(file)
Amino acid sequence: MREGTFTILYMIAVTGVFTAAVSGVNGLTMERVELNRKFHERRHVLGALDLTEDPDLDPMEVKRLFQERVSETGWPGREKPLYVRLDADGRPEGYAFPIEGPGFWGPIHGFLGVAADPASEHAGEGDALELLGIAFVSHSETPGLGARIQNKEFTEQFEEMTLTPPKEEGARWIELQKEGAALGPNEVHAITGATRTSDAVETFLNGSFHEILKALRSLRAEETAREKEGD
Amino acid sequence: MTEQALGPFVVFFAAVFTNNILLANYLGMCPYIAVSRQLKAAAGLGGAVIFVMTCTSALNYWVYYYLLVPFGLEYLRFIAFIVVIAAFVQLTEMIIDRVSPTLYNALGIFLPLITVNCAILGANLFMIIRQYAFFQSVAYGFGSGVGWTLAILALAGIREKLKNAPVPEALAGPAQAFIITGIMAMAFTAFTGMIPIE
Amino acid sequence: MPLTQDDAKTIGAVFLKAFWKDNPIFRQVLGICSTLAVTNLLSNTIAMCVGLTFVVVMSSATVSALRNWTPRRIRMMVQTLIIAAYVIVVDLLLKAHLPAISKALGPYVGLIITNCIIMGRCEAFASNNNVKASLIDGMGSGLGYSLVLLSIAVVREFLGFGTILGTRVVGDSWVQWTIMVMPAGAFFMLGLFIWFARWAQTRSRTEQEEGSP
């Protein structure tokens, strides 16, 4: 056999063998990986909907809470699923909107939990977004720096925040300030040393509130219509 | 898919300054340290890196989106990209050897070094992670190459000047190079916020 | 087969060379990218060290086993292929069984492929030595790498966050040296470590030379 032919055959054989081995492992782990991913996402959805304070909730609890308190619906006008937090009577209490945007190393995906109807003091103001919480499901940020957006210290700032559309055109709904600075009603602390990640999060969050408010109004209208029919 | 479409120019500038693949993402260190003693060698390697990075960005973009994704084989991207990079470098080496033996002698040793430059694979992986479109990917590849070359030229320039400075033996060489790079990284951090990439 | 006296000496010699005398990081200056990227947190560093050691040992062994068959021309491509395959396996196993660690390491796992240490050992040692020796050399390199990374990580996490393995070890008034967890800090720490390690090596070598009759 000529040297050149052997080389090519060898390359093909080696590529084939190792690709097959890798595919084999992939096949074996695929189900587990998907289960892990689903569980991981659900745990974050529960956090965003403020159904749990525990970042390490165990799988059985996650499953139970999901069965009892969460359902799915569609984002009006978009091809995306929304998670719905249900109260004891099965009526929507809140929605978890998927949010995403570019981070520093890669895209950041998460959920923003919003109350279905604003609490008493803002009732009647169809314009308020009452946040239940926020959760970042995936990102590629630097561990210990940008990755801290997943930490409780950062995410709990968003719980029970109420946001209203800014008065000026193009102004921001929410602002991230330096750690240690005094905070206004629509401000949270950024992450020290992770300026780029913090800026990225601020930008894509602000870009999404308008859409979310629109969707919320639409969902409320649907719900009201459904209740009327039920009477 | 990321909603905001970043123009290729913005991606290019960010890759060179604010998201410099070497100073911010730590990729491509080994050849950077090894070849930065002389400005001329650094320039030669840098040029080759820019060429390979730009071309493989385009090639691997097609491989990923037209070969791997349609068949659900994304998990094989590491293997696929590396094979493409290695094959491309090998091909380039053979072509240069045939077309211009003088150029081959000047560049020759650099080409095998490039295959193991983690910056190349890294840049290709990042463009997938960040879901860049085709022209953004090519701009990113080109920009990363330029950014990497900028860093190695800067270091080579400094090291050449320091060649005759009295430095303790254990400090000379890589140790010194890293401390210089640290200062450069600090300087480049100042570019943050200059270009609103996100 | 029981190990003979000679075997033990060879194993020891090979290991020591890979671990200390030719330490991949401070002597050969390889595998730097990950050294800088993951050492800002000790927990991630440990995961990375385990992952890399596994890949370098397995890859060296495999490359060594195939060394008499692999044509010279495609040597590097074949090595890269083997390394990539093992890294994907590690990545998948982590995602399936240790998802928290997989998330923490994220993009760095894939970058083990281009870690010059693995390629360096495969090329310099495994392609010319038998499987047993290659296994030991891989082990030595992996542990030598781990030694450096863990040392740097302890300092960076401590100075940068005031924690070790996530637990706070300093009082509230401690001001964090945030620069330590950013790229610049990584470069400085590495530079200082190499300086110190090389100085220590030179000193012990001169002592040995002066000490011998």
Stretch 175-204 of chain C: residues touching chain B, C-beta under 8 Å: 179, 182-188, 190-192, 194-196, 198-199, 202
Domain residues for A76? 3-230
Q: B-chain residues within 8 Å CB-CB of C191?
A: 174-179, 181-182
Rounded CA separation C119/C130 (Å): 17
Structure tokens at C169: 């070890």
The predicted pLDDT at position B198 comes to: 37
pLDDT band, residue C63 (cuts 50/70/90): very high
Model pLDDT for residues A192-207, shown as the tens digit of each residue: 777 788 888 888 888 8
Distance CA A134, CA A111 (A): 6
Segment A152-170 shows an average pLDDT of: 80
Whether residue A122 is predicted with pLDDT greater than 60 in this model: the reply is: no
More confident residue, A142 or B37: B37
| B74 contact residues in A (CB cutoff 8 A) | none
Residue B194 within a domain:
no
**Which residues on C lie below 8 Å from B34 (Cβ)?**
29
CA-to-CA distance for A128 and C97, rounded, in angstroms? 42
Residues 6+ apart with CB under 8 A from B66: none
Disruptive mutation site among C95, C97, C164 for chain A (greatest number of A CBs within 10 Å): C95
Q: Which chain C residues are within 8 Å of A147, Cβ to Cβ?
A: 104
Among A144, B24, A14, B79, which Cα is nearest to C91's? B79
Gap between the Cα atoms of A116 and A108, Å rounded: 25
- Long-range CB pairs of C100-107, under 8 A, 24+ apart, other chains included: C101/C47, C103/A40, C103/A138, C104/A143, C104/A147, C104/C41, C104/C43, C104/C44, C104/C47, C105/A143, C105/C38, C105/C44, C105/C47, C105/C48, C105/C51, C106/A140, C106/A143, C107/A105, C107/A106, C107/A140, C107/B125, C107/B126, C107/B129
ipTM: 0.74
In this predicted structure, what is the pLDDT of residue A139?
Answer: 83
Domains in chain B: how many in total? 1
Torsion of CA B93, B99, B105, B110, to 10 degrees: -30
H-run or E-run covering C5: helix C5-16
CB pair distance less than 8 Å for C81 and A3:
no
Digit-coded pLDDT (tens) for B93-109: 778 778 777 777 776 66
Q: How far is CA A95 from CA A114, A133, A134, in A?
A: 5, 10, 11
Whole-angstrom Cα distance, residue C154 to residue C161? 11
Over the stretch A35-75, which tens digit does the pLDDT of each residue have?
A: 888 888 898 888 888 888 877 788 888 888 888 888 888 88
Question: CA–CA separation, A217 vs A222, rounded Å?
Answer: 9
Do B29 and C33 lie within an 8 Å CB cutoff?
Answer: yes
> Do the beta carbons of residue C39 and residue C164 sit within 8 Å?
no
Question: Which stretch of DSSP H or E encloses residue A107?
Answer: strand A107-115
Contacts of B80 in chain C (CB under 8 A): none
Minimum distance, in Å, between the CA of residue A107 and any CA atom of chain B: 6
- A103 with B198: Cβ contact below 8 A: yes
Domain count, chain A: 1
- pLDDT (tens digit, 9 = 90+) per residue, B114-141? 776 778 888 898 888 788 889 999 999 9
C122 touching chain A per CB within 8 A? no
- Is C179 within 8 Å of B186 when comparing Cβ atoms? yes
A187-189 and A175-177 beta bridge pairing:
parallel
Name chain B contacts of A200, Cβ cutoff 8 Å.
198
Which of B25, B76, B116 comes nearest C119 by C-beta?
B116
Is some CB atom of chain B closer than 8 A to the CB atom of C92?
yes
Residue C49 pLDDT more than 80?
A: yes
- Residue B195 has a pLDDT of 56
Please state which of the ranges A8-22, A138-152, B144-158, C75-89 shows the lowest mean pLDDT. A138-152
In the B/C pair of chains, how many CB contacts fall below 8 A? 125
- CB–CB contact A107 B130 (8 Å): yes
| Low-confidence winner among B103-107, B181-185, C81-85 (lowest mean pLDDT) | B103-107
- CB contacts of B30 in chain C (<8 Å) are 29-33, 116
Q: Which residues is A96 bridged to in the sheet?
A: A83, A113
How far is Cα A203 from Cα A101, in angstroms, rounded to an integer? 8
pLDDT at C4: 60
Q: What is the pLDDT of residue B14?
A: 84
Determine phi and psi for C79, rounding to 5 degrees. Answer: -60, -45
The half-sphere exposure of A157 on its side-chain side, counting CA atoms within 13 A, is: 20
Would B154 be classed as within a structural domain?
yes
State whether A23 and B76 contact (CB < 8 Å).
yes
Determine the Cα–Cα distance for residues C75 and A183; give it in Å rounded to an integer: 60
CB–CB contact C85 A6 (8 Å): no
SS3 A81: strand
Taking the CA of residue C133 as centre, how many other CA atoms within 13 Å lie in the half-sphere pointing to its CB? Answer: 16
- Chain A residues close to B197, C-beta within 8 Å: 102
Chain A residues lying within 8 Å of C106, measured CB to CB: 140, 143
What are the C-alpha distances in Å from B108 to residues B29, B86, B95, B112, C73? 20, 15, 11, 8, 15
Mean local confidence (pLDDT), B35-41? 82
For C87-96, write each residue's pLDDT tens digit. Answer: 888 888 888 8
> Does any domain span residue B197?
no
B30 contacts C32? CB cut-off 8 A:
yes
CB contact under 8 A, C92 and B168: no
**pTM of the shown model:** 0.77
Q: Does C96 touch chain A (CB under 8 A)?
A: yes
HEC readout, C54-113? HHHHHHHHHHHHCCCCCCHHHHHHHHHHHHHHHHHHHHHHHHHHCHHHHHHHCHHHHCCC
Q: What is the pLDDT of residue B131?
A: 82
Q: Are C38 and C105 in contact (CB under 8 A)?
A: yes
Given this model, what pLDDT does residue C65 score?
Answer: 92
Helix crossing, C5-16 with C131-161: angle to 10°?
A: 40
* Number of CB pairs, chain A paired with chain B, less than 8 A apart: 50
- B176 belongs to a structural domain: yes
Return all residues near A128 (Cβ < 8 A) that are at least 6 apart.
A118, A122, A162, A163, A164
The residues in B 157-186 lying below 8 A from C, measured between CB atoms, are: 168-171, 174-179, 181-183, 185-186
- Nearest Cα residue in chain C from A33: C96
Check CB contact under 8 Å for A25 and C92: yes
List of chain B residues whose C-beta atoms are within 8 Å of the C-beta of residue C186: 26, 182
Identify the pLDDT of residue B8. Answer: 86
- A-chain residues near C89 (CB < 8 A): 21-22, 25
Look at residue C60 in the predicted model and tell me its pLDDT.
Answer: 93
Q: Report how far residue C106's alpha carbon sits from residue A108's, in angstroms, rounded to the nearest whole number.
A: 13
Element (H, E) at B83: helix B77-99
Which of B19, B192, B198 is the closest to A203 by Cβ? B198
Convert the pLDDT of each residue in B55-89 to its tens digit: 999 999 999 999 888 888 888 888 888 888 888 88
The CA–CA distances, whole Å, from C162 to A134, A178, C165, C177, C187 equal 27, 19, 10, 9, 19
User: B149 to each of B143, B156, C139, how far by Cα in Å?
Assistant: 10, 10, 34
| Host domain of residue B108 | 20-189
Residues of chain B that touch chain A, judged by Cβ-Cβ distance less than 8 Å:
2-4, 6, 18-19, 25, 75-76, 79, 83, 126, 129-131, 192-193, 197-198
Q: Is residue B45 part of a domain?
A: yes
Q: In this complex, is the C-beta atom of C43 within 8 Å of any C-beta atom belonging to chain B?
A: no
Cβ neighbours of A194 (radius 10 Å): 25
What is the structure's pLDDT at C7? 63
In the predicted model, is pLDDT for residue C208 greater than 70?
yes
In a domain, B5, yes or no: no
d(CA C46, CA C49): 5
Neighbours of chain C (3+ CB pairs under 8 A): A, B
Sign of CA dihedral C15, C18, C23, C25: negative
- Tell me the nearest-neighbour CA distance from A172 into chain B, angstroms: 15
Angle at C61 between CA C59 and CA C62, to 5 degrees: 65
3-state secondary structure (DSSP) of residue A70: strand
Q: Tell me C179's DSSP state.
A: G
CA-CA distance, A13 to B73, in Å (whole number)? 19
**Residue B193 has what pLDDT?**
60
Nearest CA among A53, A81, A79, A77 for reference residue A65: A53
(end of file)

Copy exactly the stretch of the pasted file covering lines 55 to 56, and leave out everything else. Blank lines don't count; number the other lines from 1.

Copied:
- A103 with B198: Cβ contact below 8 A: yes
Domain count, chain A: 1